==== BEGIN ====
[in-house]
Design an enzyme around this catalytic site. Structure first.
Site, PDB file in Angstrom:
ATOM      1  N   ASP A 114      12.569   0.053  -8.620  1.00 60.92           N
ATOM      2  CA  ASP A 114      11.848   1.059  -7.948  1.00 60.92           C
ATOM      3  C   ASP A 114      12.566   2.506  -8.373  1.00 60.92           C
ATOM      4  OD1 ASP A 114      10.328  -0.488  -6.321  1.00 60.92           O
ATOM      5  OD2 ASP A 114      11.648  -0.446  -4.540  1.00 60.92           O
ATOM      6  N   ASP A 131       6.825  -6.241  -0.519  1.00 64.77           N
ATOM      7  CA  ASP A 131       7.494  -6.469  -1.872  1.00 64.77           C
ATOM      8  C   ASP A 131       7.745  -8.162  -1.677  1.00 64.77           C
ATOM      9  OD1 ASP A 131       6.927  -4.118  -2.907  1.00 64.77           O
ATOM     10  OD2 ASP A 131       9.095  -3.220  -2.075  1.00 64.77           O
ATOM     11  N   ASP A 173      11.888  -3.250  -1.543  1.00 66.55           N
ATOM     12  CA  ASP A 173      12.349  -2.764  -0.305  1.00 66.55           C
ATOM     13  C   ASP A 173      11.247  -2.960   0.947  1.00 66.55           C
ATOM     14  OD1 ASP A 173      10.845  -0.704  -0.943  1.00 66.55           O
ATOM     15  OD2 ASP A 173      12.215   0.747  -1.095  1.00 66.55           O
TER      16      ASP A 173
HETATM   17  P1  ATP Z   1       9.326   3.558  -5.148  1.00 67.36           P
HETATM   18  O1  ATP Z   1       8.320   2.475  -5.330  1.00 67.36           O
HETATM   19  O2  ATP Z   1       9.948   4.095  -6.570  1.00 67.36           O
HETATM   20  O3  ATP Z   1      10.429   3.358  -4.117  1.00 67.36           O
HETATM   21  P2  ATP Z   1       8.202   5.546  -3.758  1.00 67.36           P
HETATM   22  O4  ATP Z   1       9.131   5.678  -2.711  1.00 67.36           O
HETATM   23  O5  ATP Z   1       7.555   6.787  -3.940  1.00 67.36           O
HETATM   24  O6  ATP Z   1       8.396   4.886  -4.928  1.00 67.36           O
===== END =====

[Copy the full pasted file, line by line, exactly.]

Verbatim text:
[in-house]
Design an enzyme around this catalytic site. Structure first.
Site, PDB file in Angstrom:
ATOM      1  N   ASP A 114      12.569   0.053  -8.620  1.00 60.92           N
ATOM      2  CA  ASP A 114      11.848   1.059  -7.948  1.00 60.92           C
ATOM      3  C   ASP A 114      12.566   2.506  -8.373  1.00 60.92           C
ATOM      4  OD1 ASP A 114      10.328  -0.488  -6.321  1.00 60.92           O
ATOM      5  OD2 ASP A 114      11.648  -0.446  -4.540  1.00 60.92           O
ATOM      6  N   ASP A 131       6.825  -6.241  -0.519  1.00 64.77           N
ATOM      7  CA  ASP A 131       7.494  -6.469  -1.872  1.00 64.77           C
ATOM      8  C   ASP A 131       7.745  -8.162  -1.677  1.00 64.77           C
ATOM      9  OD1 ASP A 131       6.927  -4.118  -2.907  1.00 64.77           O
ATOM     10  OD2 ASP A 131       9.095  -3.220  -2.075  1.00 64.77           O
ATOM     11  N   ASP A 173      11.888  -3.250  -1.543  1.00 66.55           N
ATOM     12  CA  ASP A 173      12.349  -2.764  -0.305  1.00 66.55           C
ATOM     13  C   ASP A 173      11.247  -2.960   0.947  1.00 66.55           C
ATOM     14  OD1 ASP A 173      10.845  -0.704  -0.943  1.00 66.55           O
ATOM     15  OD2 ASP A 173      12.215   0.747  -1.095  1.00 66.55           O
TER      16      ASP A 173
HETATM   17  P1  ATP Z   1       9.326   3.558  -5.148  1.00 67.36           P
HETATM   18  O1  ATP Z   1       8.320   2.475  -5.330  1.00 67.36           O
HETATM   19  O2  ATP Z   1       9.948   4.095  -6.570  1.00 67.36           O
HETATM   20  O3  ATP Z   1      10.429   3.358  -4.117  1.00 67.36           O
HETATM   21  P2  ATP Z   1       8.202   5.546  -3.758  1.00 67.36           P
HETATM   22  O4  ATP Z   1       9.131   5.678  -2.711  1.00 67.36           O
HETATM   23  O5  ATP Z   1       7.555   6.787  -3.940  1.00 67.36           O
HETATM   24  O6  ATP Z   1       8.396   4.886  -4.928  1.00 67.36           O